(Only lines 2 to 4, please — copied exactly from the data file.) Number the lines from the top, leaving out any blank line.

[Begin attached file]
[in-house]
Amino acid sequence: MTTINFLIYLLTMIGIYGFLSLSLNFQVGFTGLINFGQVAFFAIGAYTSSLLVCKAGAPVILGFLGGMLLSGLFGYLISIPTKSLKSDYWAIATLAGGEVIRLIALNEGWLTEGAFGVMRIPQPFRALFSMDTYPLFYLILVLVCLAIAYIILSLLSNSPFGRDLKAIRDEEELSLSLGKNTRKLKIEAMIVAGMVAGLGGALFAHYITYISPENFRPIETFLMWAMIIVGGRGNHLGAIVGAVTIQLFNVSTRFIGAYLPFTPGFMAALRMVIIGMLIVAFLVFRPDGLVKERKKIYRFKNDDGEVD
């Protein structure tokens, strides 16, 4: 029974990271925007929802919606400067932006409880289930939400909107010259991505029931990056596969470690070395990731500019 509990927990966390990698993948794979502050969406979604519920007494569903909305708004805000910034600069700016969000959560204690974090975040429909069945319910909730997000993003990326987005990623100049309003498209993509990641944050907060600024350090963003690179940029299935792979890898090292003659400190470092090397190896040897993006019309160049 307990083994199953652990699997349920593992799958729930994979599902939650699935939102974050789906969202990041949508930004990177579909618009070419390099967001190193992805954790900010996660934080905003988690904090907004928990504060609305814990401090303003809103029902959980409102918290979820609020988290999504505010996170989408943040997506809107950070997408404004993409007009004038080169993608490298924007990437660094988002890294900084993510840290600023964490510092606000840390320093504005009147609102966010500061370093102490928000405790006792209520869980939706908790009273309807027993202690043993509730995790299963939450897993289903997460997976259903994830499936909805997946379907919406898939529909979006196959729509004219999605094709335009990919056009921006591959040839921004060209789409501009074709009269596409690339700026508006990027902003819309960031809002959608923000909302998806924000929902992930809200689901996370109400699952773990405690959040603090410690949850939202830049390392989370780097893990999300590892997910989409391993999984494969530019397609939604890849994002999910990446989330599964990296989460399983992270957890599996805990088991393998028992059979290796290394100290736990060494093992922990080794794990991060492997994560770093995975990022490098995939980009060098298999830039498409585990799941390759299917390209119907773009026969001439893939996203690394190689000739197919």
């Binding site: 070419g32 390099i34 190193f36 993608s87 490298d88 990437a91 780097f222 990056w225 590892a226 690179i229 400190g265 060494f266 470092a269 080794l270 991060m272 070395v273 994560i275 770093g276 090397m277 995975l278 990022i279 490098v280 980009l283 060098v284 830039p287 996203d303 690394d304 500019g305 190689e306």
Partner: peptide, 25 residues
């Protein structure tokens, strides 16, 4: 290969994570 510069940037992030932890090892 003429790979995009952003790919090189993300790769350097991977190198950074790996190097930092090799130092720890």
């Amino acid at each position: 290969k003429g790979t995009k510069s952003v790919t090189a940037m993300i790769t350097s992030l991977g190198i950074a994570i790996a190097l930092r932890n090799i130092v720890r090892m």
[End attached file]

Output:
Amino acid sequence: MTTINFLIYLLTMIGIYGFLSLSLNFQVGFTGLINFGQVAFFAIGAYTSSLLVCKAGAPVILGFLGGMLLSGLFGYLISIPTKSLKSDYWAIATLAGGEVIRLIALNEGWLTEGAFGVMRIPQPFRALFSMDTYPLFYLILVLVCLAIAYIILSLLSNSPFGRDLKAIRDEEELSLSLGKNTRKLKIEAMIVAGMVAGLGGALFAHYITYISPENFRPIETFLMWAMIIVGGRGNHLGAIVGAVTIQLFNVSTRFIGAYLPFTPGFMAALRMVIIGMLIVAFLVFRPDGLVKERKKIYRFKNDDGEVD
């Protein structure tokens, strides 16, 4: 029974990271925007929802919606400067932006409880289930939400909107010259991505029931990056596969470690070395990731500019 509990927990966390990698993948794979502050969406979604519920007494569903909305708004805000910034600069700016969000959560204690974090975040429909069945319910909730997000993003990326987005990623100049309003498209993509990641944050907060600024350090963003690179940029299935792979890898090292003659400190470092090397190896040897993006019309160049 307990083994199953652990699997349920593992799958729930994979599902939650699935939102974050789906969202990041949508930004990177579909618009070419390099967001190193992805954790900010996660934080905003988690904090907004928990504060609305814990401090303003809103029902959980409102918290979820609020988290999504505010996170989408943040997506809107950070997408404004993409007009004038080169993608490298924007990437660094988002890294900084993510840290600023964490510092606000840390320093504005009147609102966010500061370093102490928000405790006792209520869980939706908790009273309807027993202690043993509730995790299963939450897993289903997460997976259903994830499936909805997946379907919406898939529909979006196959729509004219999605094709335009990919056009921006591959040839921004060209789409501009074709009269596409690339700026508006990027902003819309960031809002959608923000909302998806924000929902992930809200689901996370109400699952773990405690959040603090410690949850939202830049390392989370780097893990999300590892997910989409391993999984494969530019397609939604890849994002999910990446989330599964990296989460399983992270957890599996805990088991393998028992059979290796290394100290736990060494093992922990080794794990991060492997994560770093995975990022490098995939980009060098298999830039498409585990799941390759299917390209119907773009026969001439893939996203690394190689000739197919």
């Binding site: 070419g32 390099i34 190193f36 993608s87 490298d88 990437a91 780097f222 990056w225 590892a226 690179i229 400190g265 060494f266 470092a269 080794l270 991060m272 070395v273 994560i275 770093g276 090397m277 995975l278 990022i279 490098v280 980009l283 060098v284 830039p287 996203d303 690394d304 500019g305 190689e306």